Last week I talked about trusting God during challenging times, which may be easier said than done. Or is it? Let’s unpack that a bit.
How do we get ourselves to the point where we will trust someone? Whether consciously or subconsciously, we assess whether that person is likely to live up to our hopes and expectations for their behavior. Is their character strong enough to live up to their commitments, regardless of what it may cost them personally? Are they physically (or emotionally or spiritually) capable of doing what they promise?
Once we’ve answered these questions, though, you ultimately have to just do it. Trust them. Make that faith leap into the unknown. You might be rewarded, learning that you can count on that person. Or you might get burned. We all have deep, lasting relationships from the former category and probably more than our fair share of “Kick me” signs on our back from the latter.
So how do we trust God? We just do it. Trust Him. More on this later.
The first question is, how do we know we can trust God?
The Bible is full of examples of people trusting God and Him coming through for them. The prophet Elijah was so sure that God would deliver against the pagan gods that he doused his wood with water before asking God to set fire to it. The apostle Peter was so confident that Jesus would keep him safe that he stepped out of the boat during a storm and took a few steps on the water! Until he began to fear that the waves and wind were more powerful than the God who created them, but we’ll come back to this also. Anyway, there are plenty of other examples as well (email me if you need more). God gave us the Bible so we could taste and see that He is good. And know that He is trustworthy.
But, you might say, that was then and this is now. God doesn’t do miracles anymore. (Oh really?) As this isn’t really the topic for the day, let me just say this: I am confident that everyone has someone within no more than 2 or 3 degrees of separation who has experienced a miracle (and I don’t mean just our sports “miracles”, like the “Miracle on Ice”).
So since there are so many people who have trusted God that have happy endings to their stories, your assessment should be, minimally, that it doesn’t hurt to try trusting Him and see what happens.
Well, how am I supposed to do that? you might ask, maybe with more edge to your voice than you intended.
This comes back to my earlier point: just do it. This is as easy as a simple prayer. Picture in your mind something that has you scared right now, something keeping you up nights, and hand it to God with the prayer, “Jesus, I trust you.” Picture yourself handing Him that thing, whatever it is. He will take it. He promised us, “Come to me, all you who are weary and burdened, and I will give you rest.” And, “My yoke is easy and my burden is light.” (Matthew 11:28 and 30).
But here’s the thing: handing it over to Him is probably the easy part, if you’re anything like me. After I dump my problem in his lap, I always feel this great sense of peace. So you think I’d walk away and leave it with Him, right? Wrong. Like a grabby, petulant child, sometime after I’ve handed over this thing to Jesus, I’ll march right back up to Him and yank it back out of His hands. “Mine!” I don’t usually think of it this way, but I might as well. The effect is the same. This stinky problem is back in my hands, causing me to worry, keeping me awake at night. Why do I do this?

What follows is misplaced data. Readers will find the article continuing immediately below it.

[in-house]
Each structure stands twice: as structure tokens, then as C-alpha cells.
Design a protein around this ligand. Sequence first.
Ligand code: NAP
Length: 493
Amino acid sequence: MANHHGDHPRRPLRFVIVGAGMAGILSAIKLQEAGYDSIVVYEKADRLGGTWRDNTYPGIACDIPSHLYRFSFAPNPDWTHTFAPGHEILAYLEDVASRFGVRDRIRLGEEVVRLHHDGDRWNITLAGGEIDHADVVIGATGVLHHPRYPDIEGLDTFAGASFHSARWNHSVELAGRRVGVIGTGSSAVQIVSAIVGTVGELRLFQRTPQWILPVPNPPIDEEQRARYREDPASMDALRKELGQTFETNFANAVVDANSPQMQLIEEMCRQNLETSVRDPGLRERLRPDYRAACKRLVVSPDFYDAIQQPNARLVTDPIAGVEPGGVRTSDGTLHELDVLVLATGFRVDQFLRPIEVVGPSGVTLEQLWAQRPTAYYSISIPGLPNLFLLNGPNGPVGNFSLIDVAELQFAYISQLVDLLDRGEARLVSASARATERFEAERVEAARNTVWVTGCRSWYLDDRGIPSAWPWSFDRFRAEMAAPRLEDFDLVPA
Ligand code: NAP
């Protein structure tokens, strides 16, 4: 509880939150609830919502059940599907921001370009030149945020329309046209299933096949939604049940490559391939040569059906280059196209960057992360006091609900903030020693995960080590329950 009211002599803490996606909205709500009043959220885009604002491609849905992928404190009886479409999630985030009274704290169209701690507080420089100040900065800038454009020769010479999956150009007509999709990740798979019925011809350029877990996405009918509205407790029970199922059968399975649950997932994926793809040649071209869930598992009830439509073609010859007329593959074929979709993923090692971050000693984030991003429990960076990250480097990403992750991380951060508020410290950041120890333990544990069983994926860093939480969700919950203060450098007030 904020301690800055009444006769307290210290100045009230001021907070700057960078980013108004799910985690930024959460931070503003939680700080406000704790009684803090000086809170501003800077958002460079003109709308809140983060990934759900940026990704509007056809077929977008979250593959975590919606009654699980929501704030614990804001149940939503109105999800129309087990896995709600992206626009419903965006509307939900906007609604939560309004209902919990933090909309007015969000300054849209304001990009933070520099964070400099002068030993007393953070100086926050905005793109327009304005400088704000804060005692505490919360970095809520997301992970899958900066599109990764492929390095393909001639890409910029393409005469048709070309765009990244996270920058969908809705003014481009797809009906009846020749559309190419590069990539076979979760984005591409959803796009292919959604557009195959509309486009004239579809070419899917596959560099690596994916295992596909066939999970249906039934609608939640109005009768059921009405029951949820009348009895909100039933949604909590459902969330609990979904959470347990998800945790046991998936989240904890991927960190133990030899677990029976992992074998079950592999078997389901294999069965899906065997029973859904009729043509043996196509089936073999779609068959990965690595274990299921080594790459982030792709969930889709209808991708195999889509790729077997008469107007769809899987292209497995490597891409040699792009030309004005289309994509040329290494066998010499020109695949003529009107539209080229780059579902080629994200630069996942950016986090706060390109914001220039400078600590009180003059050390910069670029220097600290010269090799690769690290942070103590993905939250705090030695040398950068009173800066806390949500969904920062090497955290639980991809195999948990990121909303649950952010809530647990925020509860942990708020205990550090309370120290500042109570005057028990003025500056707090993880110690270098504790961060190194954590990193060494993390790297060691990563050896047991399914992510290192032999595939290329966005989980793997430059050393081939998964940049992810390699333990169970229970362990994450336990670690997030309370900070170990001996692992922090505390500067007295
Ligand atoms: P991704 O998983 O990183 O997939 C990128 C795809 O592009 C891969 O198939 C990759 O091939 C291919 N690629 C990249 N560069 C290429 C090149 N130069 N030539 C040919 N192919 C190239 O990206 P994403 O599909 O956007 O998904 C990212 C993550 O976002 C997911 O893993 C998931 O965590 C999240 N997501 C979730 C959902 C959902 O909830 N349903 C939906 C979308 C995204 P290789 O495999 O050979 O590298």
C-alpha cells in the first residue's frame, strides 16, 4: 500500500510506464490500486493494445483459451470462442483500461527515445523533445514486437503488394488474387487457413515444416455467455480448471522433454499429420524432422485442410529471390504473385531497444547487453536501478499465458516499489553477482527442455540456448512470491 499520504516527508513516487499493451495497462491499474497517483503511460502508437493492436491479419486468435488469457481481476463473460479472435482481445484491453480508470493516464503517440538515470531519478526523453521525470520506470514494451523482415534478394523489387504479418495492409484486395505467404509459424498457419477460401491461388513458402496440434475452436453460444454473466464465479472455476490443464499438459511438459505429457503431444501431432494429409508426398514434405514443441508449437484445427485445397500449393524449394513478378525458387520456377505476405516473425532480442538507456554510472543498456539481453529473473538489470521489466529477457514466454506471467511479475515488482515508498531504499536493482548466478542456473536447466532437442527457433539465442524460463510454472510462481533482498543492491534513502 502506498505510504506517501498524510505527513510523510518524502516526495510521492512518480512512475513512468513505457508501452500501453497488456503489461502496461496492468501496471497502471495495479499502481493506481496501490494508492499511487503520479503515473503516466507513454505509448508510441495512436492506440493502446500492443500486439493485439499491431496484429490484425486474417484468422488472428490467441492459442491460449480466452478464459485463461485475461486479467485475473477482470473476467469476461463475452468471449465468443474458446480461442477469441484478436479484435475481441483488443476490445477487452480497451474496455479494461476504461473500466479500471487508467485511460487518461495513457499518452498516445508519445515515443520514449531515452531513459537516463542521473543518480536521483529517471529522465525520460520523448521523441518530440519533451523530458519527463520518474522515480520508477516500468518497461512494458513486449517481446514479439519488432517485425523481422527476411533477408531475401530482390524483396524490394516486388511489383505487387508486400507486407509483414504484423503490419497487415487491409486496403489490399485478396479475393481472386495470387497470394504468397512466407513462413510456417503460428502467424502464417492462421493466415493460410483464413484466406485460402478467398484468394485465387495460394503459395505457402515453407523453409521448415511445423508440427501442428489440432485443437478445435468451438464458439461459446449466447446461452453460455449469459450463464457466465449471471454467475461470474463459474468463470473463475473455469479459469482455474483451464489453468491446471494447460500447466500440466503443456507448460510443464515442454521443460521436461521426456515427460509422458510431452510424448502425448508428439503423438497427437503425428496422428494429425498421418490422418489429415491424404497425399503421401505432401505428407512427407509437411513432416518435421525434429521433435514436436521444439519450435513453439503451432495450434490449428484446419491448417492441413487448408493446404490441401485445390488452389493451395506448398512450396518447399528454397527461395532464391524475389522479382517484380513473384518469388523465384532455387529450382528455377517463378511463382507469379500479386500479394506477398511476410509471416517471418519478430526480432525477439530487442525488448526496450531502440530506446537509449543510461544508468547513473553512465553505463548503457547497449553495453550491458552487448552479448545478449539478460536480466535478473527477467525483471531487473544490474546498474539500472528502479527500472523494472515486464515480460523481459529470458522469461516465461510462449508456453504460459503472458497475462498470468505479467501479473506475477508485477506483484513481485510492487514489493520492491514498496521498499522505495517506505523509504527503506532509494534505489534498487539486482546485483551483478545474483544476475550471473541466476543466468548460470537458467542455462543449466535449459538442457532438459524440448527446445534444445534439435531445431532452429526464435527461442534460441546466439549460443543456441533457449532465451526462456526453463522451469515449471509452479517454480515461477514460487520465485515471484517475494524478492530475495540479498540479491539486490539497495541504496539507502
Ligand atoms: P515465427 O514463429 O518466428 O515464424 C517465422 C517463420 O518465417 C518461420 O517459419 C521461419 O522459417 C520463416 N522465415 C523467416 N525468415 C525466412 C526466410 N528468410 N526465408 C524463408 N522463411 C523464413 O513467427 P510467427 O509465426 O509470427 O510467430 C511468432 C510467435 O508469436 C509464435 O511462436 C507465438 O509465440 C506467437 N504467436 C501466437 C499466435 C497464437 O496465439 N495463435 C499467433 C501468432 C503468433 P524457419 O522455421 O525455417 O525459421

Maybe I’m afraid God doesn’t care enough to solve my problem. Or maybe I’m concerned He won’t resolve it in the way I want it fixed. Or the timing in which I want it fixed (which is usually, “I want it now!”). The last two seem legitimate to us, but since I’m getting long-winded here, I’ll leave that as a topic for another day. For now, I’ll point out that Jesus knew this would be something we’d all struggle with, so He commanded us not to worry: “Can any one of you by worrying add a single hour to your life?” (Matthew 6:27).
And this is where we wrestle with God over trusting Him. We give Him a problem, then yank it back out of His hands. When we realize what we’ve done, “Oh wait, sorry, Jesus. Here you go, I didn’t mean to grab it away from you. I don’t know what came over me. You can have it back now.” But then how long until we take it away again. And so on.
But here’s the thing: this is OK with God. He can take it. When He made us, He knew it would be a conscious choice for us to trust Him. He also knew this wouldn’t be easy for us. We shouldn’t feel bad about this wrestling match.
In fact, Jesus modeled this for us. This being Holy Week, on Thursday, not long after He had finished His last meal with His best friends, He wrestled with the Father in Gethsamane garden. He knew the plan, but He didn’t like it, so He prayed feverishly that the Father would find another way. Since the story recounts Jesus having to wake up Peter, James, and John multiple times, it’s possible that He would reach a resolution, handing over His anguish to the Father, only to find it troubling Him again.
But in the end, He left it in the Father’s hands: “Abba, Father,” he said, everything is possible for you. Take this cup from me. Yet not what I will but what you will.” (Mark 14:36).
If Jesus wrestled with the Father, then it must be OK for us, too. Especially if that’s what it takes for us to land in a place of confident trust, which is where He wants us to be.
What’s troubling you today? Trying handing it over to God. And then every time you take it back, remember to hand it over to Him again.
May God bless you on your journey through this Holy Week.
P.S. I’ve written a very short book about wrestling with God, which I’ve made available for free here, if you’re interested in giving it a read.